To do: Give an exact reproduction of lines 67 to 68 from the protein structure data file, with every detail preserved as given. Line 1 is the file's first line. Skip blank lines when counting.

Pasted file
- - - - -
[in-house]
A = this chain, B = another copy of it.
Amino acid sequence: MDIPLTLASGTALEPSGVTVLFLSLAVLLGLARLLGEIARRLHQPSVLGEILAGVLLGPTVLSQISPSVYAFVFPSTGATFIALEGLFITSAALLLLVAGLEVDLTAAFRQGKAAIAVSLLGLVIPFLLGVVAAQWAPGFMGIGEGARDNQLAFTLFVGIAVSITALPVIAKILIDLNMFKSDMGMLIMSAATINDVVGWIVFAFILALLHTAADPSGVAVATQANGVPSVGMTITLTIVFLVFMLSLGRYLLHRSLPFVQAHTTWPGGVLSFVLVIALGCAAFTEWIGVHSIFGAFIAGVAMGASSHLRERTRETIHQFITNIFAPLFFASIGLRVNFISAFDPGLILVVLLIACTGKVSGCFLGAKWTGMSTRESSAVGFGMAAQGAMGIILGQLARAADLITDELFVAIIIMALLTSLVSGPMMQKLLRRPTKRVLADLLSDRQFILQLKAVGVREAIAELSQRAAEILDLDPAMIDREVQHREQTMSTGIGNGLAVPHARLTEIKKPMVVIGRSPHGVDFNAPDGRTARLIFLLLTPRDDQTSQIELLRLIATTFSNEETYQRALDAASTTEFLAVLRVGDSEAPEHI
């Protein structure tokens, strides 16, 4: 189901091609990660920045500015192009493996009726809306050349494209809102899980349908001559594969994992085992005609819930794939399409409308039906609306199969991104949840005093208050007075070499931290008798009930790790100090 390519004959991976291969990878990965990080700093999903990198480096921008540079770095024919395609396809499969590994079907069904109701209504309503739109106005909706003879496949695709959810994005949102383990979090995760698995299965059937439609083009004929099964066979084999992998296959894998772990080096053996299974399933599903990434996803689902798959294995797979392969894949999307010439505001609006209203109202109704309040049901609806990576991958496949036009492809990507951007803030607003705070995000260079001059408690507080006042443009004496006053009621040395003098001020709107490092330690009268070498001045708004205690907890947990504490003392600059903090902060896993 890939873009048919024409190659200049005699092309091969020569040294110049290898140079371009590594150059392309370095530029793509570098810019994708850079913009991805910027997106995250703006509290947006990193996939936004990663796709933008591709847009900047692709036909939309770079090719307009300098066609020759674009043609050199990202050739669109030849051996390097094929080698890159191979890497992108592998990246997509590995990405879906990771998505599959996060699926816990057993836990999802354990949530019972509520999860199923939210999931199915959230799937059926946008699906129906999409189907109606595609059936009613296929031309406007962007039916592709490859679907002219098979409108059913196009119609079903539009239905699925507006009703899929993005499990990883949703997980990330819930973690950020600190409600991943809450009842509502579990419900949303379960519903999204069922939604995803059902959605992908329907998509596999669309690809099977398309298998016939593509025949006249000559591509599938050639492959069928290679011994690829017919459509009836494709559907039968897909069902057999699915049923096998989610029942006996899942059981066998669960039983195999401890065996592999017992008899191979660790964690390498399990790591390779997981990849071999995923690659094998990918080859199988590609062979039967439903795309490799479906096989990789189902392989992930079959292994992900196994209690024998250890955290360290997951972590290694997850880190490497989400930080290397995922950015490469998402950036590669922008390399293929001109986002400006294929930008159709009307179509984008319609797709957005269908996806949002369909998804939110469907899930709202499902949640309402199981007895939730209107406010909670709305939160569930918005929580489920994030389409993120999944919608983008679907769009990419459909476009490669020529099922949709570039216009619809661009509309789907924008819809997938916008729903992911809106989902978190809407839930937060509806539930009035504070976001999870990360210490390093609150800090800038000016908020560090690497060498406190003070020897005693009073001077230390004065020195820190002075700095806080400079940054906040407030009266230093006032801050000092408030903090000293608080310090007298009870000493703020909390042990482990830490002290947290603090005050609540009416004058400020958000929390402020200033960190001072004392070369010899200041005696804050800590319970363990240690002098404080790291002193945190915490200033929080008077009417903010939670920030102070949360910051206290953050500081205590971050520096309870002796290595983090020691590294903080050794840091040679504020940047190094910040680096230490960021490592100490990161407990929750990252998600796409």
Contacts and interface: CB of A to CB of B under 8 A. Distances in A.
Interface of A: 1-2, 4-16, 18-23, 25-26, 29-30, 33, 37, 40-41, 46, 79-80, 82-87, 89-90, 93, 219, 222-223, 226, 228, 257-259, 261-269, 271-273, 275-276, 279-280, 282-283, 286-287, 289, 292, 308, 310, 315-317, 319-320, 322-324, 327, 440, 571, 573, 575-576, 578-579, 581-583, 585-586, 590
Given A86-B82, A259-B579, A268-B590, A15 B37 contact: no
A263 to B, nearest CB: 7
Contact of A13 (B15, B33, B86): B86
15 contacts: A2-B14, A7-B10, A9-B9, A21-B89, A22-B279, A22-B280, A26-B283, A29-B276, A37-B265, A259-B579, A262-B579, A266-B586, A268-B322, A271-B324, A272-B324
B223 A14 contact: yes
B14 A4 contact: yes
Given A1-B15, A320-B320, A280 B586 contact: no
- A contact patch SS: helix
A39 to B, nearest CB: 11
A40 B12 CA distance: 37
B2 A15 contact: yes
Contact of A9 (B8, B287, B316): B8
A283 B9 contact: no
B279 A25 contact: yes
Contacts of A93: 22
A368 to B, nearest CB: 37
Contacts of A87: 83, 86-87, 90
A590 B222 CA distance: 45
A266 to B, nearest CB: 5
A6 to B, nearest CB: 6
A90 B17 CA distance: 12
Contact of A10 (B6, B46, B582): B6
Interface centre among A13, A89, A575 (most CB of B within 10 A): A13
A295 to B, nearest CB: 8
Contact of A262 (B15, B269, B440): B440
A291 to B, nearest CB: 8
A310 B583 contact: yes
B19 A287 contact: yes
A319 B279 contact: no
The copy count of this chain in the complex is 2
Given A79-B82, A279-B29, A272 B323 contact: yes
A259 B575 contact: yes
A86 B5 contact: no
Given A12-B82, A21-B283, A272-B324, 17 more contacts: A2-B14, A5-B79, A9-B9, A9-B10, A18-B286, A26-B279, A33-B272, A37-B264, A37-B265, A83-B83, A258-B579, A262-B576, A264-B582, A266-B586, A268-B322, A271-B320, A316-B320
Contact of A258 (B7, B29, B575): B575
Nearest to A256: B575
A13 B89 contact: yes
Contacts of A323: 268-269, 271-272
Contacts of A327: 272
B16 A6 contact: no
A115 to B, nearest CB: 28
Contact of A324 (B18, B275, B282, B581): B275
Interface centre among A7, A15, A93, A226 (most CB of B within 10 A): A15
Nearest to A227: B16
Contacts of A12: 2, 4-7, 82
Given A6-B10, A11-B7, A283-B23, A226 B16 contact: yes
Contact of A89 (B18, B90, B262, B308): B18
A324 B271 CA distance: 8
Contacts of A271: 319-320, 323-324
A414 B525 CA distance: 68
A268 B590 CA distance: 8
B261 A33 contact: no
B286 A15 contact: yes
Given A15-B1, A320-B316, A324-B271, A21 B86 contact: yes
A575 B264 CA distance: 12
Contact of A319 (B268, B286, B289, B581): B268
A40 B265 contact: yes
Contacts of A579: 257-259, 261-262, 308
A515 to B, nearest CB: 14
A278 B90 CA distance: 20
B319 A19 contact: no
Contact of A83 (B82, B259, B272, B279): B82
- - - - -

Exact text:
B319 A19 contact: no
Contact of A83 (B82, B259, B272, B279): B82